After he spoke, nearly every parent at last Tuesday’s New Student Orientation shook Finnie Coleman’s hand.
Now, Coleman, an English professor, is set to become the next Faculty-Senate President at the University of New Mexico. Coleman also has a doctorate degree in literature and a bachelors in economics. He is replacing the outgoing president Pamala Pyle and coming into the position at a tricky time.
After years of stagnant wages, many UNM professors, both adjunct and associate, are attempting to form a union to better bargain with the University, as reported in the Daily Lobo. A May Committee on Governance meeting featured a line for public comment that was dozens of professors long. Many faculty members at the public meeting supported the union, but some did not. The meeting was immediately followed by a march around campus.
That’s not all.
In 2018, former Board of Regent Tom Clifford accused Pyle and the rest of the faculty leadership of being “cowardly” following the Regents’ vote to cut four sports and for not forgiving the athletic department debt, which was something that the faculty had requested last winter, as reported in the Daily Lobo. Clifford’s term ended in 2018.
Additionally, multiple Hispanic groups, including the League of United Latin American Citizens, criticized the University and President Garnett Stokes for not hiring more Hispanic people in high-level positions.
Coleman, however, said he sees all this as an opportunity.
“I believe, especially here at UNM, and I’ve said this since 2005, that UNM, especially because of its demographics and location, is poised to lead the rest of the nation in demonstrating today what education is going to look like tomorrow,” Coleman said.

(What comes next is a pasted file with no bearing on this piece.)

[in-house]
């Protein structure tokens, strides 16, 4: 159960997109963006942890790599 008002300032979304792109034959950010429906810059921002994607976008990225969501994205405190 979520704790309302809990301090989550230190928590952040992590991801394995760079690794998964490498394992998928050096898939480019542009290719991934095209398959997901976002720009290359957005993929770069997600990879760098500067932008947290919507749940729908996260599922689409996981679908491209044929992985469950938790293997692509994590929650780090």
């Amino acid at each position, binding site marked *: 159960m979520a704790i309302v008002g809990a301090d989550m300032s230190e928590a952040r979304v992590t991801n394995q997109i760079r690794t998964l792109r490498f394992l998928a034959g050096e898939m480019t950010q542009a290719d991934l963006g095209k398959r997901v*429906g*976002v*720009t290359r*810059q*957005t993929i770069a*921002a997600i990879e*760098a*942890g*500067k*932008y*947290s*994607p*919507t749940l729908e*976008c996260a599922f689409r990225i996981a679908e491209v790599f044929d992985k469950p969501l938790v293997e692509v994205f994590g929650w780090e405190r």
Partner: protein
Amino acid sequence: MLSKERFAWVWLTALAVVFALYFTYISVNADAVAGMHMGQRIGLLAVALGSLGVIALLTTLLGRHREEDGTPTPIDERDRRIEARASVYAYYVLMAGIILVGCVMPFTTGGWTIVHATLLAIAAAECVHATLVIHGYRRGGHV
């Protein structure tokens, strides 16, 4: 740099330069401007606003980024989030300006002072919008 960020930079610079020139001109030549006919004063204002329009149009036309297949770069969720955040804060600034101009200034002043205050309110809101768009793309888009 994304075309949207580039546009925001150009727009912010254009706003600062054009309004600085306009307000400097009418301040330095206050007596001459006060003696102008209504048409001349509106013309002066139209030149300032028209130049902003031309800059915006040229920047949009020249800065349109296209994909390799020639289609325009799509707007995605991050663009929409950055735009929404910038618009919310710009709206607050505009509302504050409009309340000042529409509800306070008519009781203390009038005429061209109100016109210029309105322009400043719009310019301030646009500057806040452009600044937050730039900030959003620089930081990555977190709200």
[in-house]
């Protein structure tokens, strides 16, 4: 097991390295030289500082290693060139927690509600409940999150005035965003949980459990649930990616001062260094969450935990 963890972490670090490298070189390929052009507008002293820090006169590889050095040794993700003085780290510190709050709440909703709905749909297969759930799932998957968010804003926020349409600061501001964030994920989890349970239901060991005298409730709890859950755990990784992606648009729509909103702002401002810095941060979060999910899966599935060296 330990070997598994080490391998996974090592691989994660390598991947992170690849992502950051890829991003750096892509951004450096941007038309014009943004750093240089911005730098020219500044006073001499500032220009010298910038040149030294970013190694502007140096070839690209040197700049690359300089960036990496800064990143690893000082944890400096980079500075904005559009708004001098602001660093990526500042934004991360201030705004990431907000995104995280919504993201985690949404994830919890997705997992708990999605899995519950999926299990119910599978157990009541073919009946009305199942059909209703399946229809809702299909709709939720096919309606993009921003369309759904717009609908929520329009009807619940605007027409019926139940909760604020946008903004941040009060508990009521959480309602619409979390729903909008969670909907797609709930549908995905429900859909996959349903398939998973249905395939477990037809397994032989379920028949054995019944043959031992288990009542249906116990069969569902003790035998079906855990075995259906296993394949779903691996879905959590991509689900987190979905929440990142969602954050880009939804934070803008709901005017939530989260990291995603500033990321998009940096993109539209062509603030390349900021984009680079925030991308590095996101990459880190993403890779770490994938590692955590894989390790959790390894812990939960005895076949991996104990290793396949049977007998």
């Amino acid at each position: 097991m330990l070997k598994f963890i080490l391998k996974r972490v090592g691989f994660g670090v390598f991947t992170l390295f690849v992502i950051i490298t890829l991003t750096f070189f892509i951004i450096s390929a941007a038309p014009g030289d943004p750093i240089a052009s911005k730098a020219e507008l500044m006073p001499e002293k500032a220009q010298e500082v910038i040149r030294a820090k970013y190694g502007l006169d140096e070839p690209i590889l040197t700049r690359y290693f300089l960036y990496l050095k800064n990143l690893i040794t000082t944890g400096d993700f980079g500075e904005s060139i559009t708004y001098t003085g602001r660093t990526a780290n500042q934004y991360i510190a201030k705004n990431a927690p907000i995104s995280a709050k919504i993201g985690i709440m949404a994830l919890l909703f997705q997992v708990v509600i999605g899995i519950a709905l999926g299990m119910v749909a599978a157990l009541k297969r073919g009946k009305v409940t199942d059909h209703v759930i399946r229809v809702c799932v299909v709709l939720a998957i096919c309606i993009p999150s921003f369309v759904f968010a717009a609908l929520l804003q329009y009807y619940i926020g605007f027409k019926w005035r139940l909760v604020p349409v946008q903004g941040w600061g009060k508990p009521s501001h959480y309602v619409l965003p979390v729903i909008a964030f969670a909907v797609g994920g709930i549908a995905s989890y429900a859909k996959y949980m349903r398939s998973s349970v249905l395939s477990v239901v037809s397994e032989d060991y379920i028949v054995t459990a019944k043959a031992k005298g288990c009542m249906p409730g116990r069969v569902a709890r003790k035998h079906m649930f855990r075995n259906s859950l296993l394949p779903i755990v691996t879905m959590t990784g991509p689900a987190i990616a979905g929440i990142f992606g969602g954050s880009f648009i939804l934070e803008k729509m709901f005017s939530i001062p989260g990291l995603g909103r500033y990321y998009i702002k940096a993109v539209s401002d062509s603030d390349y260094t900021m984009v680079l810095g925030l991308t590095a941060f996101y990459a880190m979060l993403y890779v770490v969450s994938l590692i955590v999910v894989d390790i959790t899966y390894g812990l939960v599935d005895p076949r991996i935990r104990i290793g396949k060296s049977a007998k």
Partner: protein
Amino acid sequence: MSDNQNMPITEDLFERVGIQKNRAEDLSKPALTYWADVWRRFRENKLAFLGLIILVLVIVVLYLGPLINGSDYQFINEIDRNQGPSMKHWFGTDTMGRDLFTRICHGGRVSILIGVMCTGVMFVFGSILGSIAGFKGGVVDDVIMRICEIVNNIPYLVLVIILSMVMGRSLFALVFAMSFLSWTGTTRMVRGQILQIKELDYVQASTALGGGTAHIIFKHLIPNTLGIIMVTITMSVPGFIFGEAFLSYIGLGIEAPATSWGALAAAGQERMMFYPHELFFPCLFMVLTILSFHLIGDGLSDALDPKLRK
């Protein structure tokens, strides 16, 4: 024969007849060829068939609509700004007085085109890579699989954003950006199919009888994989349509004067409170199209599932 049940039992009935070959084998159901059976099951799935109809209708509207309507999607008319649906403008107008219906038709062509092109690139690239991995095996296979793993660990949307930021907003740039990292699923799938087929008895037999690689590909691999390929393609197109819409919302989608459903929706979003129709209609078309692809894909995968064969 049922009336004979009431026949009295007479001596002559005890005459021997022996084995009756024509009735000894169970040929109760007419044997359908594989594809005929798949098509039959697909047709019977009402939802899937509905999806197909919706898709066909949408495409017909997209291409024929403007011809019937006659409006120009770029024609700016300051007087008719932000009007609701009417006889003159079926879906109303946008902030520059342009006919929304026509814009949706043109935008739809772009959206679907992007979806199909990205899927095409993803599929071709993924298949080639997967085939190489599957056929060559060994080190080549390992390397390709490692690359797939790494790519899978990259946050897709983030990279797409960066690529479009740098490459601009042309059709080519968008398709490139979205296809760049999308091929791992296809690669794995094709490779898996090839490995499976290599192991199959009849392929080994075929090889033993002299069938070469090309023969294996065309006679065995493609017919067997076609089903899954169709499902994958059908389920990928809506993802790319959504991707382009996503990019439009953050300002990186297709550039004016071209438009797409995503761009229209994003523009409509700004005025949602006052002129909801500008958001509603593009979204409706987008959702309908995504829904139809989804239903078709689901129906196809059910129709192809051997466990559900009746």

He added that the work of creating an inclusive campus was something that drew him to the position of president in the first place.
As for the union, he declined to give his personal opinion about whether the faculty should form a union but said, “I support whatever our faculty collectively choose to do.”
He said good people were trying to make the union happen and that he recognized “their passion” in that project. Coleman also said he believed that the faculty should make their own decision on the requirement that splits faculty into two separate bargaining units for adjunct and associate professors.
From the University of Virginia to the University of New Mexico
“I was told before I ever came out (from college) that I would be in administration at some point. I didn’t believe that at first,” Coleman said.
At UNM alone, Coleman has been a Special Assistant to the Provost, Director of Africana Studies and Interim Dean of University College. Before that, Coleman directed the honors program at Texas A&M.
During his NSO lecture, Coleman told incoming freshmen and their parents the story of Joshua Fleming. Fleming was a soldier stationed with Coleman at Blackhorse Camp in Doha, Kuwait. To Coleman, Fleming represents a personal sacrifice.
In 1991, a fire injured some 56 soldiers stationed at Doha, as reported by the New York Times. The fire saw a chain reaction engulfing motor pool and raining shrapnel over the base. In the aftermath, Fleming was carrying a crate of grenades that exploded and killed the 19-year-old PFC Joshua Flemming, along with two other soldiers, as reported in The Seattle Times.
“Very few of us get to sit in the seats that we are sitting in just because of our own efforts. Typically someone else gave up something so that you can do that,” Colemansaid.
In every classroom Coleman teaches in, he saves a seat for Flemming, who Coleman said enlisted in the army to pay for college.
Coleman describes this as his cost of attendance.
Jusitn Garcia is the editor in chief of the Daily Lobo. He can be contacted at firstname.lastname@example.org or on Twitter @Just516garc.